2014 in Reading

I usually have very bleak judgements about my past actions, or the lack of them, whenever I look back at them. In an annual masochistic affair, I got down to summarize the last year in a review of sorts and pronounce some apocalyptic judgement on myself on 1st January. It went as expected. I proved to be a worthless scum, who did nothing towards his own advancement or development, who frittered away eons worth of time in wasteful thinking(not even wasteful action!), and that I should commit hara-kiri before wasting another second. After my self-disgust was out of the system, I made some motivating notes about the coming year. I hope I won’t be looking at them by the end of the year, cursing myself using the same old vocabulary. It has gotten boring with years.

The year was not so horrible in terms of reading. In fact, not at all. I read a decent amount of 42 books, which I am proud of, considering I read 54 last year(with six months of absolute freedom at my hands) which was my max output. Sometimes I get these pangs of jealousy looking at my super-human Goodreads friends completing challenges of 100+ books every year. But I’ve gotten tired of concerning myself too much with numbers. Stats, stats, stats. Raise your consciousness above such mundane temptations, O aspiring Buddha. Anyways, I can not, and should not, try to challenge myself to such stupendous targets. I will end up getting spondylitis much sooner than expected, which would be a worse outcome than reading filler/self-help books and forgetting them as soon as I completed them.

Also, maybe, just maybe, I’ve found The Answer to the Ultimate Question of Life, the Universe, and Everything in 2014 😉
Now time for some highlights of 2014 in reading:

Flow: The Psychology of optimal experience – Arguably the best self-help book I have ever read, if I can stretch the definition to include this book in the genre. Extremely balanced, based on psychological research, and never overstating its goals and conclusions, this book carefully lays down the author’s experiences and views on human psychology of happiness. It’s a non-economist perspective, which was big plus, since the economic perspective on human psychology, it’s quirks, predictions and indices on happiness, satisfaction and success is the new craze nowadays, inspired and influenced by the likes of Daniel Kahnemann, Nicholas Nassim Taleb, Dan Ariely and others. Mihaly Chicks-sent-me-highly is an unassuming author, who speaks with experience and maturity. There are no shortcuts, there are no quick-fixes for your problems regarding happiness. It’s a question of attitude and outlook. There is no secret ingredient.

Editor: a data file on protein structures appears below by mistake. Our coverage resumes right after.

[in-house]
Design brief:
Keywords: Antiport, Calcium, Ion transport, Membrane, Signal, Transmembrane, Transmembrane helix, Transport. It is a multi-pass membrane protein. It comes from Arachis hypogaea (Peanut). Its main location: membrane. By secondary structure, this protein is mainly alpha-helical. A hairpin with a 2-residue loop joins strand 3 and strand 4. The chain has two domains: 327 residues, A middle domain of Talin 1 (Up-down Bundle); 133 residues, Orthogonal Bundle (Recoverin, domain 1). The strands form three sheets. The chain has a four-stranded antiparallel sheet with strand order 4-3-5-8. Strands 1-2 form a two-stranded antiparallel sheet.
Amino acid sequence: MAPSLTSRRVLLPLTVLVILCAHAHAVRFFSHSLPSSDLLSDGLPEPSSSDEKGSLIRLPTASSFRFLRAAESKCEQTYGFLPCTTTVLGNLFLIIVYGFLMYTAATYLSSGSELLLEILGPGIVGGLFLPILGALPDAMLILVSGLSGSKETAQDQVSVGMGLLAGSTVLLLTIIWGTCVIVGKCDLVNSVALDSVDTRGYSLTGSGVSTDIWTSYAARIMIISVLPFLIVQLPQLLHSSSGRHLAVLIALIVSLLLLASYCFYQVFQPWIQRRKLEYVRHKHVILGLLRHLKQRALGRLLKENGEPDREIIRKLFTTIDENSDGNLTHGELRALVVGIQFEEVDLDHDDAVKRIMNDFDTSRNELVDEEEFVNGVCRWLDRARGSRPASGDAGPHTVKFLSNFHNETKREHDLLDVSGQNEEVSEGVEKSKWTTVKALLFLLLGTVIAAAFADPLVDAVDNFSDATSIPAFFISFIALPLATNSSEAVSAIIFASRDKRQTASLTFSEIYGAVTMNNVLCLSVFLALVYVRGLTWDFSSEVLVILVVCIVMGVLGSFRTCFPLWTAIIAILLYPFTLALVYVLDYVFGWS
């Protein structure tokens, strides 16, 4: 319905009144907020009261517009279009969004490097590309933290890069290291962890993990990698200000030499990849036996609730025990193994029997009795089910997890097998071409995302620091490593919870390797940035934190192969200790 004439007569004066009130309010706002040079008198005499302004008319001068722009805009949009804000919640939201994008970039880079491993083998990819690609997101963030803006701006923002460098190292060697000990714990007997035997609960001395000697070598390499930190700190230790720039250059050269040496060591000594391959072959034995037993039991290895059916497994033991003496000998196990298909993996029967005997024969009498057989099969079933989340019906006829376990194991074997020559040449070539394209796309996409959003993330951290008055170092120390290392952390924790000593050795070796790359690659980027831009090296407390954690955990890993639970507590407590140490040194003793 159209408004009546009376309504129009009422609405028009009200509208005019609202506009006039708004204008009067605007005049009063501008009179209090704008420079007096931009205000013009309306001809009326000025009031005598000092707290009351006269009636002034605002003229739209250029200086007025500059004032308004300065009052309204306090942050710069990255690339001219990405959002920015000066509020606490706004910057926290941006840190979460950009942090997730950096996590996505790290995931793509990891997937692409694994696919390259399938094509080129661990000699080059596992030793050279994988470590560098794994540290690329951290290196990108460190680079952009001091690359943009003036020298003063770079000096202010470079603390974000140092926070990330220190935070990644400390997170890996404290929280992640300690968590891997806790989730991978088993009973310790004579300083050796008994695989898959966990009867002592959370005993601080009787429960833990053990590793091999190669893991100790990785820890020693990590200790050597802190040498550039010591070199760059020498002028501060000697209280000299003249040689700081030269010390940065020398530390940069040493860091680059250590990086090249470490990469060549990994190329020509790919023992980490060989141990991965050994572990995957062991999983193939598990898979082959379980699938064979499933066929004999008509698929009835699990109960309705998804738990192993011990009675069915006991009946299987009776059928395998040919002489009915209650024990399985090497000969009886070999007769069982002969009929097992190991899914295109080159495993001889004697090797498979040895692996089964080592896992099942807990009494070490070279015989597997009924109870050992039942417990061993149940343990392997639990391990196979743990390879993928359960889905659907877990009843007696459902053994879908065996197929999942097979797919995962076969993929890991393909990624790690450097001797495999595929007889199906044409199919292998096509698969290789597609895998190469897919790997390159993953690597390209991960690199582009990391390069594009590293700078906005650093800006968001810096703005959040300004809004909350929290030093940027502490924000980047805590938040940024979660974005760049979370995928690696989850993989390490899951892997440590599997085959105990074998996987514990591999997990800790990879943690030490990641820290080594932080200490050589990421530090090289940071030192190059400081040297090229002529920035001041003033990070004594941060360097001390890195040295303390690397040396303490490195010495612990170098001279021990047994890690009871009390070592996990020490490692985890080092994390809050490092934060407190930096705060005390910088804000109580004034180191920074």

Anna Karenina – Finally got to read this masterpiece by Leo Tolstoy. Thank you Jaundice and Influenza for giving me a one-month holiday. Wrote my thoughts at length about this bad boy(or girl?) for fear of forgetting why I loved it 2 years hence the way I have forgotten why I loved The Devils and Notes from The Undergound.

Fight Club – Watching a movie multiple times is just not enough.*Tyler Durden voice-over* If you are an obsessed fan, you have to read *Tyler Durden voice-over ends*. The lack of visual badass-ery is compensated for by the narrative, jumping unpredictably from first-person to third-person to bird’s eye to mind’s eye, covering everything that matters and more. It was an excruciating experience, being bred on the movie’s platter-served awesomeness, but an amazing pleasure nonetheless.

An End to Suffering – Finally, read Pankaj Mishra. I was, and still am, fascinated by the man even before reading his works. I was not disappointed. A lot more to read now.

Thinking, Fast and Slow – A giant in behavioral economics and psychology. Reading it was slow, and got slower. It is a book to be savored, and not rushed through. A work of a lifetime by the author.

Philosophy – I got all excited once again about philosophy around September. Read three extremely good introductory books on philosophy. Philosophy: A Very Short Introduction by Edward Craig, What Does It All Mean? by Thomas Nagel, The Problems of Philosophy by Bertrand Russell. Excellent books. Think by Simon Blackburn is one important introductory book still pending. Anyone wishing to practice their swimming thoroughly in shallow waters before diving in the deep sea should read these books. I think I will understand more of Zen and the Art of Motorcycle Maintenance now if I read it. Can’t be very sure though.

Stranger in a Strange Land – For long, I confused Robert Heinlein with the founder of Scientology. Stupid me. Kept me from reading this awesome book. This is not sci-fi, this is a document on humanity thinly wrapped in sci-fi plot. I strongly recommend reading it if you’re planning to watch or have already watched PK. If you grok it, congrats water-brother!

The Postman Always Rings Twice – After devouring Wikipedia pages of Raymond Chandler and Dashiel Hammett over an infatuation with hard-boiled fiction, I ended up reading this mad piece by James M. Cain. Absolutely loved it.

Cobalt Blue – Brave piece by Sachin Kundalkar, National Award-winning director. What more, this mature and subtle novel, was written by him at the age of 21. I had the pleasure to listen to him at Jaipur Lit Fest 2014.

The Idiot – The last great piece by Dostoyevsky that was pending for reading. There are a lot of things I still need to understand and absorb more fully in this novel. Maybe on a second reading.

You see, not bad at all! Quite amazing in fact. I should not castigate myself unnecessarily over wasted years when there are this many good books to read. Until next year, perhaps.

Wishing all of you an awesome 2015 in reading. May you cross all your perceived boundaries, and reached unprecedented heights, in life as well as in reading. Happy new year 🙂